Note, though, that – underlining the point made earlier – the events, the elements themselves, do not change; only how one characterises them, how one selects them and positions them within the narrative, and how one casts that narrative. Events rarely carry an inherent meaning – those that do are often the really traumatic ones. If we return to the diarist, losing her job that day may have been the beginning of a long period of unemployment and of being treated, in spite of one’s best efforts, as an idle scrounger by tabloid editors, journalists and their readers and by populist Conservative (and Labour) governments. Every moment of that conversation with the boss, every vain attempt to keep the job, to talk the boss out of her decision might become etched on the memory; the last day at work becomes a poignant twenty-four hours. Alternatively, though, the diarist might have gone home and applied for another job, been successful, risen to the top of the company, met her partner and lived a very happy period of her life. In that case, one doubts that any especial elements of the redundancy conversation are remembered and the event itself becomes something of a happy moment of transition to something better. And didn’t I show her in the end? That “last day at work” remains just as it was remembered at the start of the following day, as a boring, barely-remembered twenty-four hours. But in all the different scenarios just set out it happened just the same, in just the same way.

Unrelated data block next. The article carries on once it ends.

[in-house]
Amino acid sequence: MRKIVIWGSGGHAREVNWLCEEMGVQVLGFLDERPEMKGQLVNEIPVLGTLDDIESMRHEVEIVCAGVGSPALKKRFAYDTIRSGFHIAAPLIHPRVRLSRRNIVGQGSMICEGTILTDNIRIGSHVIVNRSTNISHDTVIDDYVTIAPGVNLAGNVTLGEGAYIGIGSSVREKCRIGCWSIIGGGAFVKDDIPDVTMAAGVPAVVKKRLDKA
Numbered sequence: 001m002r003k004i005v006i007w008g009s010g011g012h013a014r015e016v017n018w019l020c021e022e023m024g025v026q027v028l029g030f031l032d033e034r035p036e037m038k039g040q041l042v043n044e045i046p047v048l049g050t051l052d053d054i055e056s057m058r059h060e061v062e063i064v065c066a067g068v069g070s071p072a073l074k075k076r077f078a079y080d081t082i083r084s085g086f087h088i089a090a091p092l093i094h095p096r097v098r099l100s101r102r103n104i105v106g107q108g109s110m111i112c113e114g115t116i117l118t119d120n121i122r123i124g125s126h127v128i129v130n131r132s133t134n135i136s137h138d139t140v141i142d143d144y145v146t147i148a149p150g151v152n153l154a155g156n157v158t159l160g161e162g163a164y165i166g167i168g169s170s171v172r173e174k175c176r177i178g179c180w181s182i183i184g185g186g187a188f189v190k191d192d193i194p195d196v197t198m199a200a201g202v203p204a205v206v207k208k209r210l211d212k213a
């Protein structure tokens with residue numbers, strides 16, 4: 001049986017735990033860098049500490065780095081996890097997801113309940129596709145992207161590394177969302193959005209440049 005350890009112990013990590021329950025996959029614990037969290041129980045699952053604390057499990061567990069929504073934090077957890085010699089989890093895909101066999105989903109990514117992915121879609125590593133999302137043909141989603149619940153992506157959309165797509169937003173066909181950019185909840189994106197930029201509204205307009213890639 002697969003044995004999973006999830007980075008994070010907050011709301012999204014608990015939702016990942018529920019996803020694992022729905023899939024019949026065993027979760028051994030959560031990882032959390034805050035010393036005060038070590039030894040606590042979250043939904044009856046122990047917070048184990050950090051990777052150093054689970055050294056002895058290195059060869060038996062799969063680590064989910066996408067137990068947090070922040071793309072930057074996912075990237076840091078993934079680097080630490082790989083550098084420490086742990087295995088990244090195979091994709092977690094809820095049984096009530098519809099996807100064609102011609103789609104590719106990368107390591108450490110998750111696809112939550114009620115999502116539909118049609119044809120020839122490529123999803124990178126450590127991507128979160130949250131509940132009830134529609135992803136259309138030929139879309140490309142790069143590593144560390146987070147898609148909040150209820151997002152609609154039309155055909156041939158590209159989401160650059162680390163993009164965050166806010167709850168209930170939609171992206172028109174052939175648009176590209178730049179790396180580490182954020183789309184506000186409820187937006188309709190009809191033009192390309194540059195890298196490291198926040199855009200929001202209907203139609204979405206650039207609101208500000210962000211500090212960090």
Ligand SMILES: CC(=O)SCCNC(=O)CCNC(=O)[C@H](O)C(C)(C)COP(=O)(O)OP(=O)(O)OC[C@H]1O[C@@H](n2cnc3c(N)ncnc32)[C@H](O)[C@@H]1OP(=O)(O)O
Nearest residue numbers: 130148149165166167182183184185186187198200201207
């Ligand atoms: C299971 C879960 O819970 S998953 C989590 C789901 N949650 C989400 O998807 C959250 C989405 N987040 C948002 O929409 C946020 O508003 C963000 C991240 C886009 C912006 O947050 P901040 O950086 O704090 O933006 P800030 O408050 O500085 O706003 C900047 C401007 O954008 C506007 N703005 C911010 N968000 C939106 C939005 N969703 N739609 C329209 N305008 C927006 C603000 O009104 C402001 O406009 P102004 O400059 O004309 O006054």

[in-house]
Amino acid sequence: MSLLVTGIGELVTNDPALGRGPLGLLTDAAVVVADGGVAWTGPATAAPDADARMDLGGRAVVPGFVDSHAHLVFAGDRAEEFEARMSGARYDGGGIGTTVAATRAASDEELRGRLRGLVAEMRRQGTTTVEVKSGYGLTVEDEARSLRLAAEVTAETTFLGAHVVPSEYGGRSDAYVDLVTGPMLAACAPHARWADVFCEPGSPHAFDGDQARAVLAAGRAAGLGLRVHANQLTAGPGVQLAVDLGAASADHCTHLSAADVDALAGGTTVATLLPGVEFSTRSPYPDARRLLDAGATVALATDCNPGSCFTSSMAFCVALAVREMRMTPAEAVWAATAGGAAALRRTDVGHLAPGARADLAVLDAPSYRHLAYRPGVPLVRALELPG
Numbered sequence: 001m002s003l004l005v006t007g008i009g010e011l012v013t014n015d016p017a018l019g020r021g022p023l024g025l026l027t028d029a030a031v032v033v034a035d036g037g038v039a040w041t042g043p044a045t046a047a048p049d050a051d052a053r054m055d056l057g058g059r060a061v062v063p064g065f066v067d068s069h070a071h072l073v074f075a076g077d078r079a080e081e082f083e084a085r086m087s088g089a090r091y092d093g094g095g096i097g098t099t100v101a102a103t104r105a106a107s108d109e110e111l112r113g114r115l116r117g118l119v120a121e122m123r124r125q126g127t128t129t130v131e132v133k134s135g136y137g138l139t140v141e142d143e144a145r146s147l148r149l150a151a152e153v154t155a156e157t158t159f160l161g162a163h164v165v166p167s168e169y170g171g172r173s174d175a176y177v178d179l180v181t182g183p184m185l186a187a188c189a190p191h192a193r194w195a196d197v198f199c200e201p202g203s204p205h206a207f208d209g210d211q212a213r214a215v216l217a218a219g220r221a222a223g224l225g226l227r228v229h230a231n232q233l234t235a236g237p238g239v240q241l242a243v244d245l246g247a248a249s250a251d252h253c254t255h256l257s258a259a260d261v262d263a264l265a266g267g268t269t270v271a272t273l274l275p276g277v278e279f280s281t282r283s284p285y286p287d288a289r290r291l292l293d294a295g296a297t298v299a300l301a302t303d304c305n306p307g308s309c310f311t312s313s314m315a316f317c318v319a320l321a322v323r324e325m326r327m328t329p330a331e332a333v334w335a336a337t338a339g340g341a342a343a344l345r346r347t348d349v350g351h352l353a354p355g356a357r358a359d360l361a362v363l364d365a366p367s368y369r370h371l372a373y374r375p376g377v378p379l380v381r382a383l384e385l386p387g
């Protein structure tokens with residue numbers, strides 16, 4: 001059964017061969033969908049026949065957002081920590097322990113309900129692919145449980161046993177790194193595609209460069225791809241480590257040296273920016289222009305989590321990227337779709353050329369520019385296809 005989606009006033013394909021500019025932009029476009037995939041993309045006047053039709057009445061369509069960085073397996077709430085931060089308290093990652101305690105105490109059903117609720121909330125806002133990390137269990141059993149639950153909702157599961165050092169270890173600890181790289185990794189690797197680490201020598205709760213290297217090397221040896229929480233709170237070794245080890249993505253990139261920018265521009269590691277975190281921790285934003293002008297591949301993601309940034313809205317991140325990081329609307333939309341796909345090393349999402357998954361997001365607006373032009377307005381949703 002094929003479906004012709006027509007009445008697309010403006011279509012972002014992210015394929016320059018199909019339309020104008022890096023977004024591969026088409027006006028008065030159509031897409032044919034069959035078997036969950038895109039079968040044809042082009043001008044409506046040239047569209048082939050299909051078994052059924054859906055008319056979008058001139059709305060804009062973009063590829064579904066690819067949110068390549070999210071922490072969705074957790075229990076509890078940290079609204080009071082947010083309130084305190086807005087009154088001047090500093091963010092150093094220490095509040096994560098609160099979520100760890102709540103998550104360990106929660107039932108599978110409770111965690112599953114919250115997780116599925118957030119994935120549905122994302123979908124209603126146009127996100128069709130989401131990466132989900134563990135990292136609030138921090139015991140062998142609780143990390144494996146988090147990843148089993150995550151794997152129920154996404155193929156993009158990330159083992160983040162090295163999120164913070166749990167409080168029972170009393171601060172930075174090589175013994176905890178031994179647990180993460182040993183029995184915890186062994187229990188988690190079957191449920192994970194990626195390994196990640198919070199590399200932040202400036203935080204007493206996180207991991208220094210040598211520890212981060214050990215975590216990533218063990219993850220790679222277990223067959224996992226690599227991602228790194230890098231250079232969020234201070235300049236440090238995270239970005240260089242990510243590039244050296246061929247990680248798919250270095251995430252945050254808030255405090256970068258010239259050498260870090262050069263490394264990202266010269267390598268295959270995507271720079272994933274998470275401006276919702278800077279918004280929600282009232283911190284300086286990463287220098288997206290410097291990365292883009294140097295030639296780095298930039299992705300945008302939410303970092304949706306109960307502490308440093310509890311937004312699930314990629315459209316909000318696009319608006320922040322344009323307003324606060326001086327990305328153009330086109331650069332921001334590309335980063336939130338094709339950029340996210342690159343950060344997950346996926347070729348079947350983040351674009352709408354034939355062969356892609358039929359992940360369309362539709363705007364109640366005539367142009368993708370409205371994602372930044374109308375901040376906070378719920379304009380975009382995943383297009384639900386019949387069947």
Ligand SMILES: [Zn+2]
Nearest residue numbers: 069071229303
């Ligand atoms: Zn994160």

In the tale of Thurbrand and Uhtred, the “Northumbrian feud”, the same procedures were followed. A selection was made (whether by the anonymous writer or his informants) from a vast number of different events and this was then arranged in a sequence to form the story of a feud, culminating in the tale of how Earl Waltheof avenged his grandfather. Had the author or his sources been more inclined to support Carl’s family, one imagines that it would have been constructed in a very different way, probably from a different selection of past happenings.[iii] This compels us to think more closely about storytelling and especially about its linguistic and literary aspects.


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Notes

[i] D. Brown, The American West (London 2004), p.26.

[ii] Simon Schama, ‘My Vision for History in Schools’. The Guardian, 9 November 2010 (https://www.theguardian.com/education/2010/nov/09/future-history-schools accessed 8 July, 2017). Schama was educated at a public school (Habadashers’ Aske’s Boys’ School) and Cambridge: https://en.wikipedia.org/wiki/Simon_Schama#Early_life_and_education.  Schama is an exceptional historian by anyone’s definition but it takes that particular (and peculiarly British; as discussed below, p.000-n.000) kind of socio-cultural capital to take to the national newspapers to instruct teachers how to do their jobs, without having held any kind of educational post in the UK since 1980.